Subject: NetBSD Security Advisory 1998-002
To: None <current-users@NetBSD.ORG, netbsd-announce@NetBSD.ORG>
From: matthew green <firstname.lastname@example.org>
Date: 05/10/1998 22:29:01
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NetBSD Security Advisory 1998-002
Topic: xterm and Xaw library vulnerability
Version: NetBSD 1.3, 1.3.1
Severity: local user may gain super-user privileges
Vulnerabilities (buffer overflows) in the xterm(1) and Xaw library
distributed with NetBSD, may allow a local user to gain super-user
privileges. The `inputMethod' and `preeditType' resources
are vulnerable in both xterm(1) and the Xaw library, with the `*Keymap'
resources also vulnerable in xterm(1).
Several memory copies in the xterm(1) and Xaw library do not properly
bounds check their arguments, allowing the user to overwrite parts of
the processes address space. By overwriting the programs' stack, it is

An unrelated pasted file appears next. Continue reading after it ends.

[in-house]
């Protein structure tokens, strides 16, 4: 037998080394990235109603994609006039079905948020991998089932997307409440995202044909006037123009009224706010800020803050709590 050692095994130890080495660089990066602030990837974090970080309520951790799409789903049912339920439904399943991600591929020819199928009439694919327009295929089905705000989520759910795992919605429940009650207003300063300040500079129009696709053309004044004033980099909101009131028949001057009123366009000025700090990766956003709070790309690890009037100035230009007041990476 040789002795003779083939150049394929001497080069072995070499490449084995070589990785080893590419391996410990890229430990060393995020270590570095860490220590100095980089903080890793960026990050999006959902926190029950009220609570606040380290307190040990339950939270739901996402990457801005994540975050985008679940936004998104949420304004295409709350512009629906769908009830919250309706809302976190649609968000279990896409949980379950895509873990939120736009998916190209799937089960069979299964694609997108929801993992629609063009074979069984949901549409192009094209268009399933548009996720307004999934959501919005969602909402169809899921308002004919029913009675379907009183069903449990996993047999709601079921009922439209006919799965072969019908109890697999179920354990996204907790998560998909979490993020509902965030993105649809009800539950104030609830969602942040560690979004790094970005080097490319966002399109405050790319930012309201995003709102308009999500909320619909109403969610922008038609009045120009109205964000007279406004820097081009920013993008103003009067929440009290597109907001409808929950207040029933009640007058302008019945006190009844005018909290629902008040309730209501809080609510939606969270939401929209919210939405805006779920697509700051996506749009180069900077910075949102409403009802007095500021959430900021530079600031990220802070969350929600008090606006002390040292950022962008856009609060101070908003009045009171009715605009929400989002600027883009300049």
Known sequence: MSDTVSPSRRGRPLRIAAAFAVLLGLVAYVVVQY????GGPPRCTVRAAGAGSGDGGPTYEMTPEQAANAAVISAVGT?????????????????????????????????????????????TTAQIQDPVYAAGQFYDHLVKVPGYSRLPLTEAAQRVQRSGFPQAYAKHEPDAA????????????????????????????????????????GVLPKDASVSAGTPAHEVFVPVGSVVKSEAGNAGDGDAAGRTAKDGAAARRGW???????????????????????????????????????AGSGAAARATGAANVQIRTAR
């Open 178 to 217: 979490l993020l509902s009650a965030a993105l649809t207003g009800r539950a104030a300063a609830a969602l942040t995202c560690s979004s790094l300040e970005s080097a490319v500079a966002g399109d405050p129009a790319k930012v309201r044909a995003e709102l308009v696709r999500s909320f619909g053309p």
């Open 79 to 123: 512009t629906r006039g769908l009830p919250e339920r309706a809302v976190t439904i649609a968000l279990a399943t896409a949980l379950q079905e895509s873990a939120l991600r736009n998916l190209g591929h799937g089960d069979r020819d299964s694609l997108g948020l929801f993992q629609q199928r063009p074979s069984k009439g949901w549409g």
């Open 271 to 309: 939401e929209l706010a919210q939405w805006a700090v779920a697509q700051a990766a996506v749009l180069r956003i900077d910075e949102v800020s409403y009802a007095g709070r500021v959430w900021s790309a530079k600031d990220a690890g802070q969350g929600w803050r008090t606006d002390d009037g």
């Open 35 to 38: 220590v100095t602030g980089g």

possible to change the return value of the current function to the
data written, arbitrary code can be executed, allowing a local user
to gain super-user privileges, as xterm(1) is setuid-root. Any setuid
program that uses the Xaw library is similarly affected. In NetBSD,
the only setuid-root X11 programs are xterm(1) and xconsole(1).
Solutions and Workarounds
A patch is available for the NetBSD 1.3 and NetBSD 1.3.1 X11 source,
which fixes the above problems. You may find this patch on the NetBSD
The patch contains details on how to apply it.
Alternatively, by removing the setuid bit on the xterm(1) and
xconsole(1) programs, the problem can be worked out (but with a loss
of functionality). This can be done with the following command:
# chmod u-s /usr/X11R6/bin/xconsole /usr/X11R6/bin/xterm
Thanks to the The Open Group and CERT for forwarding information about
the problems, Tom E. Dickey <email@example.com> and the XFree86 team for
providing actual fixes for the xterm and Xaw problems, respectively.
Please see http://www.opengroup.org/, http://www.cert.org/ and
http://www.XFree86.org/ for more information about these groups.
Information about NetBSD and NetBSD security can be found at
http://www.NetBSD.ORG/ and http://www.NetBSD.ORG/Security/.
Copyright 1998, The NetBSD Foundation. All Rights Reserved.
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